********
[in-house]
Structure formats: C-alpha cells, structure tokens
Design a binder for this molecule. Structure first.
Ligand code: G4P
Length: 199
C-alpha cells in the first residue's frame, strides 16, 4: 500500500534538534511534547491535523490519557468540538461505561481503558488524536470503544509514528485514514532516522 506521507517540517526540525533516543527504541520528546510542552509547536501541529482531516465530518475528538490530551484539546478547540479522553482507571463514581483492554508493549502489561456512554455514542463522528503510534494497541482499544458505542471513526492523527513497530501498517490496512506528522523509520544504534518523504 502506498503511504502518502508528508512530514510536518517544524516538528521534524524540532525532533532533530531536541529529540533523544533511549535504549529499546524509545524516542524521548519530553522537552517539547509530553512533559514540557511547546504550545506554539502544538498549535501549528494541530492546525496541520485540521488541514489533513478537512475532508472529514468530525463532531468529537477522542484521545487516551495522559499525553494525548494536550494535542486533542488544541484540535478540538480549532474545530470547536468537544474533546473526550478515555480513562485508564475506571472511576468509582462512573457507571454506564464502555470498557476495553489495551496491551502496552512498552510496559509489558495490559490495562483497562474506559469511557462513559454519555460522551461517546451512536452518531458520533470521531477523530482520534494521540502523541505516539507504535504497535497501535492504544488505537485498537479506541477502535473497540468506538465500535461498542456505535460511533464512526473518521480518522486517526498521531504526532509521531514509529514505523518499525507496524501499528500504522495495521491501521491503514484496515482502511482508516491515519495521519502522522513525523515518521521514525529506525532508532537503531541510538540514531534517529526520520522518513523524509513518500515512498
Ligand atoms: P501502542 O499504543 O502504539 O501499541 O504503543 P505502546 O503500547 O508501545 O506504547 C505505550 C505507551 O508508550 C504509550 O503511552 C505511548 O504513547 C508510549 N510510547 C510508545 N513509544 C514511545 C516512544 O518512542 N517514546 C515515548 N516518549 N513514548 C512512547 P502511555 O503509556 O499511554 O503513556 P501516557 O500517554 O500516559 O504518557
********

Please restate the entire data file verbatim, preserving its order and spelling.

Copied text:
[in-house]
Structure formats: C-alpha cells, structure tokens
Design a binder for this molecule. Structure first.
Ligand code: G4P
Length: 199
C-alpha cells in the first residue's frame, strides 16, 4: 500500500534538534511534547491535523490519557468540538461505561481503558488524536470503544509514528485514514532516522 506521507517540517526540525533516543527504541520528546510542552509547536501541529482531516465530518475528538490530551484539546478547540479522553482507571463514581483492554508493549502489561456512554455514542463522528503510534494497541482499544458505542471513526492523527513497530501498517490496512506528522523509520544504534518523504 502506498503511504502518502508528508512530514510536518517544524516538528521534524524540532525532533532533530531536541529529540533523544533511549535504549529499546524509545524516542524521548519530553522537552517539547509530553512533559514540557511547546504550545506554539502544538498549535501549528494541530492546525496541520485540521488541514489533513478537512475532508472529514468530525463532531468529537477522542484521545487516551495522559499525553494525548494536550494535542486533542488544541484540535478540538480549532474545530470547536468537544474533546473526550478515555480513562485508564475506571472511576468509582462512573457507571454506564464502555470498557476495553489495551496491551502496552512498552510496559509489558495490559490495562483497562474506559469511557462513559454519555460522551461517546451512536452518531458520533470521531477523530482520534494521540502523541505516539507504535504497535497501535492504544488505537485498537479506541477502535473497540468506538465500535461498542456505535460511533464512526473518521480518522486517526498521531504526532509521531514509529514505523518499525507496524501499528500504522495495521491501521491503514484496515482502511482508516491515519495521519502522522513525523515518521521514525529506525532508532537503531541510538540514531534517529526520520522518513523524509513518500515512498
Ligand atoms: P501502542 O499504543 O502504539 O501499541 O504503543 P505502546 O503500547 O508501545 O506504547 C505505550 C505507551 O508508550 C504509550 O503511552 C505511548 O504513547 C508510549 N510510547 C510508545 N513509544 C514511545 C516512544 O518512542 N517514546 C515515548 N516518549 N513514548 C512512547 P502511555 O503509556 O499511554 O503513556 P501516557 O500517554 O500516559 O504518557